George Clooney and Matt Damon have been spotted filming in the Buckinghamshire village of Fingest but this is not their first visit to the Meridian region.
Two Buckinghamshire villages are fast becoming the most filmed in the world. Hambleden and Fingest , which are just two miles apart, are popular filming locations because of their close links to London.
George Clooney and Matt Damon were in Fingest last week to work on the production The Monuments Men - a World War two film. Hambleden has recently featured in the ITV productions Endeavour and Poirot.
The rescue operation that freed a dog trapped underground for four days.
First, her owner hired a mechanical digger, then firefighters pitched in.
The full report from Sangeeta Kandola.
A Jack Russell was rescued after spending four days stuck in an underground drain pipe. Buckinghamshire Fire Service station manager Doug Gruchy said:
"Lulu's owner had organised her own search, but the situation was in danger of becoming hazardous. We took the decision to carry out this rescue because of our concern for the safety of her search party as well as for Lulu’s welfare. We are obviously delighted that it has had a happy ending.”
A dog has been rescued after spending four days trapped in an underground drainage tunnel in Buckinghamshire after the owner hired a digger to get her out.
The Jack Russell ran down the disused pipe in Dorney as the owner Gail Fraiser took her for a walk. Ms Fraiser called the RSPCA when Lulu failed to return. The animal charity advised her if the dog could be heard barking the likelihood was that she would find her way out.
However Ms Fraiser opted to hire a digger after the barking continued but Lulu was nowhere to be seen.
The fire and rescue service intervened after becoming concerned that Ms Fraiser and her friends were at risk from injuring themselves, after trying to rescue Lulu since Friday.
They launched a six-hour operation to rescue the Jack Russell using the digger and shovels to dig down 8ft below ground.
The firefighters then broke into the drain before freeing Lulu from her four-days of being trapped.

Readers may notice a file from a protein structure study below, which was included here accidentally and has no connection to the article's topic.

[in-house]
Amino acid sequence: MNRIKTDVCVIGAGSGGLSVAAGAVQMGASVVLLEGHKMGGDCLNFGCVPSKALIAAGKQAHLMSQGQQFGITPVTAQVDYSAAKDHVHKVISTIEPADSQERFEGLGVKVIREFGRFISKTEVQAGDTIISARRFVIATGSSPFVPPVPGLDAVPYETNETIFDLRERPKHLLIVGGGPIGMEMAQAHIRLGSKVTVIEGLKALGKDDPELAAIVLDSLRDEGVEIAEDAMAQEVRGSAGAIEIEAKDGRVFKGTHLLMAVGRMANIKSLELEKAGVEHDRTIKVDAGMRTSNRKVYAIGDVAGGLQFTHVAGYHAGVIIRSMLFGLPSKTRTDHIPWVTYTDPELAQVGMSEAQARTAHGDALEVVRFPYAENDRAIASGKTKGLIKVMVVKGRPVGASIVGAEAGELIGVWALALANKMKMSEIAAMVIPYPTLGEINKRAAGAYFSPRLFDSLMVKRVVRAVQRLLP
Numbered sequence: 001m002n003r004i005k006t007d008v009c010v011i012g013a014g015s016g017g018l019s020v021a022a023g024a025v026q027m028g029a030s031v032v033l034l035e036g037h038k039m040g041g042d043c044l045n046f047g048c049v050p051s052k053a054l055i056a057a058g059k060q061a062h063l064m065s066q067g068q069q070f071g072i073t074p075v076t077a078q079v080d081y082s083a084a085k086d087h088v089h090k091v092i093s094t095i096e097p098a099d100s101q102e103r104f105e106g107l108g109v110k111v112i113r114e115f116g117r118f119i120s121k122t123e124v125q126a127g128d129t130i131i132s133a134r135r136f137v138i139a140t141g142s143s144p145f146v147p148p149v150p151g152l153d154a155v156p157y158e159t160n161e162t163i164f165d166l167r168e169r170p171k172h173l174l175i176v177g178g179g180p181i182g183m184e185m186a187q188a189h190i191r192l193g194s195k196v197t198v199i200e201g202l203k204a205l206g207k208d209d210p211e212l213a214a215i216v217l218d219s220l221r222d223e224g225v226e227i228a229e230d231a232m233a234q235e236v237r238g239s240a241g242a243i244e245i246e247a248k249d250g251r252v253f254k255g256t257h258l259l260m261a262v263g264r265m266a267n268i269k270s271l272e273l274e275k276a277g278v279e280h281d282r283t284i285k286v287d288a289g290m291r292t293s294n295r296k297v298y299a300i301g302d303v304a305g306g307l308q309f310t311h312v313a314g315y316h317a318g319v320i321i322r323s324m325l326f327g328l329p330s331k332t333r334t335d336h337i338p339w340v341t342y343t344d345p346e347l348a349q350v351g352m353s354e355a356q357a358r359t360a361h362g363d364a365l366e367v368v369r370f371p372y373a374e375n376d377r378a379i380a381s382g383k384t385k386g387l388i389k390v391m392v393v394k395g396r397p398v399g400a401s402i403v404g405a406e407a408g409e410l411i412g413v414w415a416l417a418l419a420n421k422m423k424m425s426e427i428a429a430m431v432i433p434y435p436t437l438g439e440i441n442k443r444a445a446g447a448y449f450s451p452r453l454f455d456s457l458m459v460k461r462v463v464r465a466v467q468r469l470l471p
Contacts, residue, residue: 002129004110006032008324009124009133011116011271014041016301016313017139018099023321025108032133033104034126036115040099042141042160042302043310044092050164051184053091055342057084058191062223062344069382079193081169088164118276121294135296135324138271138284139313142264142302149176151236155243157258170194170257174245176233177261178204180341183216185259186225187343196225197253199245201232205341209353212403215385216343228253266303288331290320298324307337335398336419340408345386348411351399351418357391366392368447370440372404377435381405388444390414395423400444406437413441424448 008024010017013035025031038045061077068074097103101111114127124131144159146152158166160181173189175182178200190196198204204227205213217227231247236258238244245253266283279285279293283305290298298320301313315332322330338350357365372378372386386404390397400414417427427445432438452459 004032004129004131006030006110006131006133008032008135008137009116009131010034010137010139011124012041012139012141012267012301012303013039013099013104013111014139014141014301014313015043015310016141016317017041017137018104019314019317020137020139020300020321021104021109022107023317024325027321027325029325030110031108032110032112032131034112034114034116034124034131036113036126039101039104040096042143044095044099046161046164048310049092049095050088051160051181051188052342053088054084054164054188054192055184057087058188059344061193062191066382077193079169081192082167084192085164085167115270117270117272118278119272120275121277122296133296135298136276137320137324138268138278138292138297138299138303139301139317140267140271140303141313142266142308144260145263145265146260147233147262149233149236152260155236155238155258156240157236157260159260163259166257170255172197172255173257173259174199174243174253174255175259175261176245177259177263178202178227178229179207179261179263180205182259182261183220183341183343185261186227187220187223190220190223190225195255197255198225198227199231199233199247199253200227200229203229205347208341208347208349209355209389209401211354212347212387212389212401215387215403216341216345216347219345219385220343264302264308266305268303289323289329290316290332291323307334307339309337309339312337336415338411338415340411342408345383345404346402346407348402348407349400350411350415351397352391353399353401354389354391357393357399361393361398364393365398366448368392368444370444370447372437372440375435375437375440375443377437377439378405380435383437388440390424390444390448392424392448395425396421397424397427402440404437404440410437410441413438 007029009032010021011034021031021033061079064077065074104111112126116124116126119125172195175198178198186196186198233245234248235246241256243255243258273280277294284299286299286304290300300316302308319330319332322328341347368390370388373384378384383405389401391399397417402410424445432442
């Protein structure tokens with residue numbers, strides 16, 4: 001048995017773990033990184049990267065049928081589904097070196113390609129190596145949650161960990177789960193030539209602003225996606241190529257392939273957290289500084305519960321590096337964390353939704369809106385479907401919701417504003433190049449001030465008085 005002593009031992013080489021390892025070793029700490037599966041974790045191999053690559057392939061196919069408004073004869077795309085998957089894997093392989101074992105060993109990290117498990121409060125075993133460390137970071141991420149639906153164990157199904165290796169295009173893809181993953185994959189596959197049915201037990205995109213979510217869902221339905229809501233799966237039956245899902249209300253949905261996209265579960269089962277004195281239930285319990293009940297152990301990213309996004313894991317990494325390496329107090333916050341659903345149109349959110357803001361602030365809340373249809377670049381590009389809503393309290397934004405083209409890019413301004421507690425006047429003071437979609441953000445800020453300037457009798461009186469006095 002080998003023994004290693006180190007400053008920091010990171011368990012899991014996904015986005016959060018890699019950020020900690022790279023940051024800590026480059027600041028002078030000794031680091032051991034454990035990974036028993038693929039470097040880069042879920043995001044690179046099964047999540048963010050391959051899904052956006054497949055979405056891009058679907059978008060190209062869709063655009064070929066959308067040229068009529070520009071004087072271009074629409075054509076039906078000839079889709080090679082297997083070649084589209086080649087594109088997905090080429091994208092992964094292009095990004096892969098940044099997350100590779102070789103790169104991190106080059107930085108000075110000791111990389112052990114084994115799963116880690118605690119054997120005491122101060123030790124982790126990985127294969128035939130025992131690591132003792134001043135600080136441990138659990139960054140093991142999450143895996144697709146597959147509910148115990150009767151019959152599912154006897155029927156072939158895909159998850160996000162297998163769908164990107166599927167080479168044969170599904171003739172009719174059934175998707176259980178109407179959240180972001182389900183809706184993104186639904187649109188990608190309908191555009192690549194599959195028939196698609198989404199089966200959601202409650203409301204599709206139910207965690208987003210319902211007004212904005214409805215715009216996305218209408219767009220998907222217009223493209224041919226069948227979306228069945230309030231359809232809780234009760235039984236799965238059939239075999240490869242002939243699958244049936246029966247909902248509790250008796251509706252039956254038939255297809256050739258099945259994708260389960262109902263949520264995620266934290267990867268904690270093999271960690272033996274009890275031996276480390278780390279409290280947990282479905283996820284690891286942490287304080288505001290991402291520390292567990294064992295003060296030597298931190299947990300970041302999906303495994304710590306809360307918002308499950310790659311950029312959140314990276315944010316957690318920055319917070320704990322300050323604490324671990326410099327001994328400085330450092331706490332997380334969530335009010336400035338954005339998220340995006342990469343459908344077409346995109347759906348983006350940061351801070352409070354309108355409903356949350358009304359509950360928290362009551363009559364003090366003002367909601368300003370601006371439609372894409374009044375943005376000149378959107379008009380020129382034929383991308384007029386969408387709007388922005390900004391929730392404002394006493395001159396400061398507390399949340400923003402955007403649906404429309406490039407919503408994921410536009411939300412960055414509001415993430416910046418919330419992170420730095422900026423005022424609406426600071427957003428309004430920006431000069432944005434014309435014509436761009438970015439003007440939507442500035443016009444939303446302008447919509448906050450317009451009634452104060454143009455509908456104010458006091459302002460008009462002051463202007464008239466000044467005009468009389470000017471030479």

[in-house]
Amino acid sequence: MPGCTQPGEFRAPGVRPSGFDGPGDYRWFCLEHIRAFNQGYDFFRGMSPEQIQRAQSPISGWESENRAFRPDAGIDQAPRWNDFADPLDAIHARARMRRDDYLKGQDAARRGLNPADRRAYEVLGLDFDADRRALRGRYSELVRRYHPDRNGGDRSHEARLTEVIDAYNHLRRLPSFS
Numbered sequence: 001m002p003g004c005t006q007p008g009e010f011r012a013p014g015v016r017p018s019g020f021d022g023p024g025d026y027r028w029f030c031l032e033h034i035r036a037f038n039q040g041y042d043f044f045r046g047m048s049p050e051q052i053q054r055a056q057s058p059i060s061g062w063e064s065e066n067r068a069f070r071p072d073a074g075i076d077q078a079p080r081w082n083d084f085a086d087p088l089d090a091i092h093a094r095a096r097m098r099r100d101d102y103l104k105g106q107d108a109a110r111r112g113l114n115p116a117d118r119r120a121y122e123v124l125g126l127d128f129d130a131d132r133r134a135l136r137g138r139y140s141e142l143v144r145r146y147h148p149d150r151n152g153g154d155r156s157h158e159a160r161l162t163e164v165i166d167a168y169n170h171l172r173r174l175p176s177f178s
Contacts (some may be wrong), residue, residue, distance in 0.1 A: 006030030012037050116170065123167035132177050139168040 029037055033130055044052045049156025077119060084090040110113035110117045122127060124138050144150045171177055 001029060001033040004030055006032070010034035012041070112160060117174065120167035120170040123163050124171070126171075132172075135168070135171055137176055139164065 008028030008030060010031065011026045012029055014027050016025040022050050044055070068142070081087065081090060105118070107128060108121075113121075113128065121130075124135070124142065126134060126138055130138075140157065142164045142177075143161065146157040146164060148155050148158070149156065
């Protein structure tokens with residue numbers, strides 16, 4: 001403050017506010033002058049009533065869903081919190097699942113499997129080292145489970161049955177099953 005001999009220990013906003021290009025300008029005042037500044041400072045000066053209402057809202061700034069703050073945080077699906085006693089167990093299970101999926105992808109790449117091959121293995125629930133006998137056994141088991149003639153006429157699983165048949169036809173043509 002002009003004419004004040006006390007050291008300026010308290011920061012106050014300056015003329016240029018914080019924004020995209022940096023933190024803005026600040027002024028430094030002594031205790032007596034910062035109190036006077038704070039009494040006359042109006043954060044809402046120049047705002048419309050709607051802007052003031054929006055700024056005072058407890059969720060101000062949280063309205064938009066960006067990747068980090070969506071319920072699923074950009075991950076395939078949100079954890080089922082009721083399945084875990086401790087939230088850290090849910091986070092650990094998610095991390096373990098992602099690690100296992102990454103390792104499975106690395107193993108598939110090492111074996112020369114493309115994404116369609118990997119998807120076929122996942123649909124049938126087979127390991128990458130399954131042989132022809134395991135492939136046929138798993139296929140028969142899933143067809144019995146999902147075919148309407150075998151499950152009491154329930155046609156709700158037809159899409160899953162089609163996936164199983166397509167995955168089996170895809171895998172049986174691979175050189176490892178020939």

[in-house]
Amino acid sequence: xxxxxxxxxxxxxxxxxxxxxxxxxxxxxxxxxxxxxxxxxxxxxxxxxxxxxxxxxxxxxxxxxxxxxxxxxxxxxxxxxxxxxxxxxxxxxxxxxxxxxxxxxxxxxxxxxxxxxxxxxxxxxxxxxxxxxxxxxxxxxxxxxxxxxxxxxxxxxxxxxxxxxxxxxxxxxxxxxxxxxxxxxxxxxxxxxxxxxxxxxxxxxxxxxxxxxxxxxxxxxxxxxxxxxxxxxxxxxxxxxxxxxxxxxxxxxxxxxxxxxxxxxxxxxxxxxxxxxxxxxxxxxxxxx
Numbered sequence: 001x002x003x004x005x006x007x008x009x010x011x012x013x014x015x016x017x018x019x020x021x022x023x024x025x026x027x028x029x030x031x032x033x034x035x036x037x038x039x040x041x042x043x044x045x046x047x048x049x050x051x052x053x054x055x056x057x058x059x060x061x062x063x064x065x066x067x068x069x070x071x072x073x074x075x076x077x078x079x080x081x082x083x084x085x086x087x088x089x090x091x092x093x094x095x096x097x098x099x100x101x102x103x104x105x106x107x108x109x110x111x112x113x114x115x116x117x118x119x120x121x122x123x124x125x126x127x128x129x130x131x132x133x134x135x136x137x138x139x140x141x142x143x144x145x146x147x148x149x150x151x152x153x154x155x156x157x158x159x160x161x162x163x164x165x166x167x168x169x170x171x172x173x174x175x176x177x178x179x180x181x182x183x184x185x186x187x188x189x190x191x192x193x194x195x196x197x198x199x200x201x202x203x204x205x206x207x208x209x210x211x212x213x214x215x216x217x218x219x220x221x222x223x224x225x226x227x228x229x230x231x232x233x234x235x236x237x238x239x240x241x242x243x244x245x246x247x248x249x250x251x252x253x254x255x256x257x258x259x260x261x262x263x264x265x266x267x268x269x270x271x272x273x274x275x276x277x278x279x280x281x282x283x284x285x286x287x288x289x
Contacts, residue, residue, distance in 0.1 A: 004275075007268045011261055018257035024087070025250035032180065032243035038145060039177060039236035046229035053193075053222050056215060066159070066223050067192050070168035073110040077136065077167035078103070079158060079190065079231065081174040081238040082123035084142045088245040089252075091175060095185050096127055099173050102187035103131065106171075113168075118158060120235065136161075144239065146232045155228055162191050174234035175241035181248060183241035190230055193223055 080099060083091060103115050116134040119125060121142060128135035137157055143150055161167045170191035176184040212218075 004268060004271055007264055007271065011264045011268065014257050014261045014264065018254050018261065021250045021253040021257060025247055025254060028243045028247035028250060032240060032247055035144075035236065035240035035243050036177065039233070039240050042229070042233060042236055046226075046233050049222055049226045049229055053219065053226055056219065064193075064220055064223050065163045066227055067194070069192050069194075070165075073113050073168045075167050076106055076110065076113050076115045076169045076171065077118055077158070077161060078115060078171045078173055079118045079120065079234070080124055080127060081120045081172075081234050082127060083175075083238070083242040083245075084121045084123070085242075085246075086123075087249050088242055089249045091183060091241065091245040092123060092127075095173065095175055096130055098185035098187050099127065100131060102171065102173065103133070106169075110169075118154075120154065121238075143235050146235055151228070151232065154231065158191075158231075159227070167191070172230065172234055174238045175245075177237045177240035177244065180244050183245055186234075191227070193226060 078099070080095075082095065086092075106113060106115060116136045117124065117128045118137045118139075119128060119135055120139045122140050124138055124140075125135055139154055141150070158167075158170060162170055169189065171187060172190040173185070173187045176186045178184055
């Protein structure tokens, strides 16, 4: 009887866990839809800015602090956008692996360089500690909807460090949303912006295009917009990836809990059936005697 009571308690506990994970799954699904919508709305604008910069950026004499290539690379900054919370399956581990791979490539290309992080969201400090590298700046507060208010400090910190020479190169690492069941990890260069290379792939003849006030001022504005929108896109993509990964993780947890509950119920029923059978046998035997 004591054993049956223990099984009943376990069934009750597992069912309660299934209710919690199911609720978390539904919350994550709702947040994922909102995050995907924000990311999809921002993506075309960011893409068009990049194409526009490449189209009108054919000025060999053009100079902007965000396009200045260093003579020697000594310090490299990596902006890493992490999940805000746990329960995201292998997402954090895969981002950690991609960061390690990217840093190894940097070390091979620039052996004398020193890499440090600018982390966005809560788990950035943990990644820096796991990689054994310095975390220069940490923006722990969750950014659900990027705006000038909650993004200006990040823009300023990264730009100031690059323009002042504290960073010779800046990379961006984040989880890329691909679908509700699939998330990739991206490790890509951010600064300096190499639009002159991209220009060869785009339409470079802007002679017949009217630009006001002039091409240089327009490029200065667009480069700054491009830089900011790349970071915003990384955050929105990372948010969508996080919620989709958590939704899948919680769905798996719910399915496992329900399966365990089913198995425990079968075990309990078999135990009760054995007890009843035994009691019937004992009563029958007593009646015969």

The entrances to the pipe have now been closed off to prevent other animals from becoming stuck.
Campaigners fighting the new high speed rail line from London to Birmingham, Leeds and Manchester have launched an emergency plea for £100,000 to pay for a High Court appeal.
They lost all but one Judicial Review cases two weeks ago claiming consultation on the £33bn scheme was not carried out correctly by the Government.
The case they won was in connection with consultation over property consultation which the court rules was "unlawful" and will now be held again.
Campaigners will now challenge eight other rulings they lost but need to raise a substation sum of money to help pay for the appeal.
The line runs through parts of Oxfordshire and Buckinghamshire and campaigners say it has no business case and will ruin the countryside.
HS2 say it will create 100,000 jobs, benefit the economy and they are taking into account the environment.
They say the action will not delay the project.
A High Court judge has ruled in favour of campaigners challenging the Government's handling of HS2, the high speed rail route through the Midlands.
Although he rejected all but one of five legal challenges, Mr. Justice Ouseley said the Government's consultation process was unlawful.
HS2 Ltd argue the high-speed rail will boost the economy:
"This project is vital for the economy and for our country going forward. We need the capacity , we need to improve the connectivity between our major cities. The judgement today gives us the green light to press on with the project and deliver that for our major cities."
The government has said it will not appeal today's ruling after the High Court said the compensation process for those affected by HS2 was "unlawful".
The Government hailed the court's decision on the cases it won as a "landmark victory" and said the loss on the compensation case would "not affect the HS2 construction timetable in any way".
Rail Minister Simon Burns said: "This is a major landmark victory for HS2 and the future of Britain. The judge has categorically given the green light for the Government to press ahead without delay in building a high-speed railway from London to Birmingham, Manchester and Leeds."
The Government's HS2 high-speed rail scheme suffered a setback today when the High Court ruled that the consultation process for compensating those affected by the multibillion-pound project "was so unfair as to be unlawful".
The decision was a victory for the High Speed 2 Action Alliance (HS2AA), consisting of more than 70 affiliated action groups and residents' associations.
The HS2AA case on consultation was one of five separate cases brought to block the controversial scheme in its current form. It was the only case to succeed.
Mr Justice Ouseley, sitting at London's High Court, is now hearing submissions from lawyers on the appropriate remedy.
The first phase of HS2 would see a high-speed line running from London to Birmingham. A second phase extends the line to Leeds and Manchester to create what will become known as "the Y network".
The project is designed to cut journey times, ease overcrowding and boost regional business.